Sectors Communities and Social Services/Policy,Digital/Communication/Information Technologies (including Software),Education,Healthcare

URL https://ace-lp.ac.uk
 
Description Adults who use augmentative and alternative communication (AAC), their carers, therapists, AAC companies, and the general public benefited from the proposed research as follows: Adults with complex communication needs (CCN) are the main beneficiaries of our work, because it enhances their communication and interaction. Enhanced communication and interaction reduces social isolation and enhances self-esteem, thereby leading to a higher quality of life. We engaged with this group by establish a user pool of people who use AAC or interact closely with people who uses AAC (e.g. carers). We ran several focus groups where we explored possibilities of improving AAC devices to support personal narrative. AAC companies: Leading AAC companies, such as TObiiDynaVox and Smartbox are partners in the project and provided us with equipment. We explore ways to implement the our results of our research into new systems and run workshop with the developers to facilitate the transfer process. TobiiDynaVox was already incorporated previous research findings from Dundee in its InterAACt system (then as DynaVox).
First Year Of Impact 2017
Sector Digital/Communication/Information Technologies (including Software),Healthcare
Impact Types Societal

 
Title Research data supporting "Fast and Precise Touch-Based Text Entry for Head-Mounted Augmented Reality with Variable Occlusion" 
Description Participant performance data corresponding to experiments described in "Fast and Precise Touch-Based Text Entry for Head-Mounted Augmented Reality with Variable Occlusion". File contains separate sheets for each experiment and the Validation Study. Index page in file summarises experiment conditions and results reported. See publication for detailed descriptions of conditions and metrics. 
Type Of Material Database/Collection of data 
Year Produced 2019 
Provided To Others? Yes  
 
Description Public Engagement at the National Museum of Scotland in Edinburgh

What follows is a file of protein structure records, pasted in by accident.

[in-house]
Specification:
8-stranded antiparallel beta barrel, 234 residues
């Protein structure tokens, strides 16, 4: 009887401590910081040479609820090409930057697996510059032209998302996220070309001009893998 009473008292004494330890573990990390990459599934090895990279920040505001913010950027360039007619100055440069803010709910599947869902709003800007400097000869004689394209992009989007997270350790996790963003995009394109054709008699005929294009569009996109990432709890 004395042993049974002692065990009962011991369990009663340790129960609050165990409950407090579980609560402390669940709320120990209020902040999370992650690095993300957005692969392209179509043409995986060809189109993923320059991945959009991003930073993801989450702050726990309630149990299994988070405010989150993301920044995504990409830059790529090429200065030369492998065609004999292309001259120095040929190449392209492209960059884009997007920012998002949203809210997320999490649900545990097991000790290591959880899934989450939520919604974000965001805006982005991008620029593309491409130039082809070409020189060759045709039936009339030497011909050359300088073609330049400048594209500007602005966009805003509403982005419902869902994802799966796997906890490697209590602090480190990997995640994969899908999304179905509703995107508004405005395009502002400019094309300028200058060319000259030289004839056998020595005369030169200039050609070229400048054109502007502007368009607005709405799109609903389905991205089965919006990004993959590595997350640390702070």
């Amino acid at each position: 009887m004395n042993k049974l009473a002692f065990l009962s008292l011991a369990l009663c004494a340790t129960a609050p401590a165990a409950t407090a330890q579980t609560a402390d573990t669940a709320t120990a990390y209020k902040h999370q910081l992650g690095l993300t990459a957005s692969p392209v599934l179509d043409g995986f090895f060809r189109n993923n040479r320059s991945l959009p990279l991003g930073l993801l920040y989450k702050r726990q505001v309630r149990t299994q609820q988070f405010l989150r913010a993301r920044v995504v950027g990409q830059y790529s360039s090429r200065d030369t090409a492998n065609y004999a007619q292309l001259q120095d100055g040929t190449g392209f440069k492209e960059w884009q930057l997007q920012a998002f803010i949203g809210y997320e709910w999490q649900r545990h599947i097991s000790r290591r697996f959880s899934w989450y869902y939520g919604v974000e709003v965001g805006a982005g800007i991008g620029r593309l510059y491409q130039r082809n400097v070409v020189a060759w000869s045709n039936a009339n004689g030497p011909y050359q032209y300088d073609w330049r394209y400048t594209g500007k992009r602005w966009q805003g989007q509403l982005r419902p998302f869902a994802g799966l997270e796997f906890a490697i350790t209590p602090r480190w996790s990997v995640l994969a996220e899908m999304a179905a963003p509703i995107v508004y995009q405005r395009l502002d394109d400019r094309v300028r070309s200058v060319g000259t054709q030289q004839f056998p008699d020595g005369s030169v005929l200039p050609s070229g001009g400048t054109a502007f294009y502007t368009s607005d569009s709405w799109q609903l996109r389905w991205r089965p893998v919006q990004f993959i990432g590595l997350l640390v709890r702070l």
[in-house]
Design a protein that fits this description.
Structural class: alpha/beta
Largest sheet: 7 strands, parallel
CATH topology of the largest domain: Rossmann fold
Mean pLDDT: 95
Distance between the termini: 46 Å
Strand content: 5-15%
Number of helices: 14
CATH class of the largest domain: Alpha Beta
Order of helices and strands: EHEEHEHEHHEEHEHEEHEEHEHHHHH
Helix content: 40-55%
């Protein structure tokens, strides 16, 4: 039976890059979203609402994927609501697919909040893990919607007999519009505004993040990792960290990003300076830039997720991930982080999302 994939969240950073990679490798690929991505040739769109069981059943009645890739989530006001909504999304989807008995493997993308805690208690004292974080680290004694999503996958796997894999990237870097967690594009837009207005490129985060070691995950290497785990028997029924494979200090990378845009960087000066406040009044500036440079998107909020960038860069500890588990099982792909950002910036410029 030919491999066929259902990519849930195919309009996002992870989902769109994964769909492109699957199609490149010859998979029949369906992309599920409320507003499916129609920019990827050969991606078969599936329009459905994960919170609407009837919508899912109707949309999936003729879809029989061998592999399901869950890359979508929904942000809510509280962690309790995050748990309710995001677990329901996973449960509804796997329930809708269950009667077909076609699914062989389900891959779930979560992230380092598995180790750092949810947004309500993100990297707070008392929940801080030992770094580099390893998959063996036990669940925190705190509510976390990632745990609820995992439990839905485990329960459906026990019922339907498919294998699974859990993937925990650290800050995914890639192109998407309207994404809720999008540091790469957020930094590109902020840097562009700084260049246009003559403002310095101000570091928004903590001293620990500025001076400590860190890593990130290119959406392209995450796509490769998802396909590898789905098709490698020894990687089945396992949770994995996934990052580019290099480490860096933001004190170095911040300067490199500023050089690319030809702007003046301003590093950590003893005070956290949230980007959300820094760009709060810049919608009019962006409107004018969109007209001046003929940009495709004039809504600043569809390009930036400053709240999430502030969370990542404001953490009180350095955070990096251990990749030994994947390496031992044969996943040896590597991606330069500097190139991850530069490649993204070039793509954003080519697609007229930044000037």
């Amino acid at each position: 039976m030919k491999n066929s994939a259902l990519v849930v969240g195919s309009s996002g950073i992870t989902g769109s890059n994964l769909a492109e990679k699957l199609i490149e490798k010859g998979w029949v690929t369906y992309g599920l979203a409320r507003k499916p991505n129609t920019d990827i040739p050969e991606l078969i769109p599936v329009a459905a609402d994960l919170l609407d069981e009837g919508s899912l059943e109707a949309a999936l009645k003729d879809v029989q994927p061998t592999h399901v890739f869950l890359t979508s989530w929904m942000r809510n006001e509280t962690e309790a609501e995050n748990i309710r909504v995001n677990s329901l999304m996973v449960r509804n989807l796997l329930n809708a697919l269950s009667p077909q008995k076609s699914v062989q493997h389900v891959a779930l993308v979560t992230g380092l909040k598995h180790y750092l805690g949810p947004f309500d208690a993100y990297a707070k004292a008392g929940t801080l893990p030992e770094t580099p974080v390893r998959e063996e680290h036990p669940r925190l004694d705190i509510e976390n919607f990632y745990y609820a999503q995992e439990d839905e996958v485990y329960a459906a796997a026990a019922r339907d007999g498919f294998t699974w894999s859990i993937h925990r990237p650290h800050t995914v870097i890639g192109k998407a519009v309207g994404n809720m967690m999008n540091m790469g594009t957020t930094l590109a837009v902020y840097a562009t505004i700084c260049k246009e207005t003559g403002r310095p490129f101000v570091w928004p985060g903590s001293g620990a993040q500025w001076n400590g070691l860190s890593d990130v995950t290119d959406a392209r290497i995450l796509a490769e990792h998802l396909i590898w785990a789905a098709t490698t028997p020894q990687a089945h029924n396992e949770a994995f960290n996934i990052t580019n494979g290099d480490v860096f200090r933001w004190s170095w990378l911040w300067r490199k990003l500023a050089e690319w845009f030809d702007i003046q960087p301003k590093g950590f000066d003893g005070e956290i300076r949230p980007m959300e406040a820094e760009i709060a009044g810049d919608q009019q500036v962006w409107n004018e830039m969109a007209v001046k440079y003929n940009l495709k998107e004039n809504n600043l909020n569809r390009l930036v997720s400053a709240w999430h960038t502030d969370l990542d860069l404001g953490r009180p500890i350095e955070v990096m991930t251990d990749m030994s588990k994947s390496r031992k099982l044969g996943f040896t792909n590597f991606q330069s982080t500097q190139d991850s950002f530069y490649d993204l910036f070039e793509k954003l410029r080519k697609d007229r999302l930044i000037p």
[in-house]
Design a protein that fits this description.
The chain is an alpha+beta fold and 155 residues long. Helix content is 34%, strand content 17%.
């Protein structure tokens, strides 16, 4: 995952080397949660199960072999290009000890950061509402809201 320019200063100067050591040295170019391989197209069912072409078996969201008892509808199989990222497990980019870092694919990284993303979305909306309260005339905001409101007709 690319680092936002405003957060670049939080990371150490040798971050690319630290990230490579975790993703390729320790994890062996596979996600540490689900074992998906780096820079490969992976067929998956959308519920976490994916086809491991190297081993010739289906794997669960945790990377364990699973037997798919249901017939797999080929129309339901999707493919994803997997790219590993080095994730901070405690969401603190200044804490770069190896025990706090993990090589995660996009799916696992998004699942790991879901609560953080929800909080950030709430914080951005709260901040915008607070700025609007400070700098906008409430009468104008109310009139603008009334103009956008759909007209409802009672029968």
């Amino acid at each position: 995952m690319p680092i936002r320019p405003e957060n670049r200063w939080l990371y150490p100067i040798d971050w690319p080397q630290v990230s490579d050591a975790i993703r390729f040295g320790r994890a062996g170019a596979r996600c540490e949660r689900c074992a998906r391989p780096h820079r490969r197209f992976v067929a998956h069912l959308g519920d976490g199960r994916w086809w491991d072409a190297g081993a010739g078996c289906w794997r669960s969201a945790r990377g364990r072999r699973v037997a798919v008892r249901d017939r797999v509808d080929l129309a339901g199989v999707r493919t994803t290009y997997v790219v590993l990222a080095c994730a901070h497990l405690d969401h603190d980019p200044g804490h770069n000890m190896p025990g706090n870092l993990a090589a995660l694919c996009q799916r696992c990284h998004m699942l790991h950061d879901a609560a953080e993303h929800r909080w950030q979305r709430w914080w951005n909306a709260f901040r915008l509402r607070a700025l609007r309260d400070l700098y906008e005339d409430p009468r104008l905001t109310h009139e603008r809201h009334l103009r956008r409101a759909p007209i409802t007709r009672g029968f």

Organisation National Museums Scotland
Country United Kingdom 
Sector Public 
PI Contribution Running PE events at the NMS
Collaborator Contribution Providing venue, training, knowledge transfer and staff time.
Impact Events: Museum Late (Later opening of the museum with Edinburgh Fringe Festival previews) - running interactive Assistive Technology (AT) PE activity. Science Saturday (Family event at the museum) - running interactive AT and Augmentative and Alternative Communication (AAC) PE activities.
Start Year 2016
 
Description BBC Click at V&A Dundee 
Form Of Engagement Activity A broadcast e.g. TV/radio/film/podcast (other than news/press)
Part Of Official Scheme? No
Geographic Reach International
Primary Audience Media (as a channel to the public)
Results and Impact The ACE-LP Project was featured on BBC Click demonstrating all aspects of the project.
Year(s) Of Engagement Activity 2019
URL https://www.bbc.co.uk/iplayer/episode/m000cwsq/click-click-live
 
Description Hackathon with Industrial Partner 
Form Of Engagement Activity A formal working group, expert panel or dialogue
Part Of Official Scheme? No
Geographic Reach National
Primary Audience Industry/Business
Results and Impact Industrial partner held a company wide hackathon to support tech transfer of project outcomes of ACE-LP.
Year(s) Of Engagement Activity 2019
 
Description Museum Late (NMS) 
Form Of Engagement Activity Participation in an activity, workshop or similar
Part Of Official Scheme? No
Geographic Reach Regional
Primary Audience Public/other audiences
Results and Impact Museum Late at the National Museum is a reoccurring event when the museum opens late and present entertainment additionally to its exhibits. More than 1000 people attended for the event where we showcased assistive technology in an interactive session: Paining with your eyes. Visitors were able to use eye gaze to access a computer and draw a pictures using eye movement. We informed visitors during the event about the technology and its use for people with physical disabilities, e.g. MND. More than 100 people used the opportunity and engaged with the research team.
Year(s) Of Engagement Activity 2017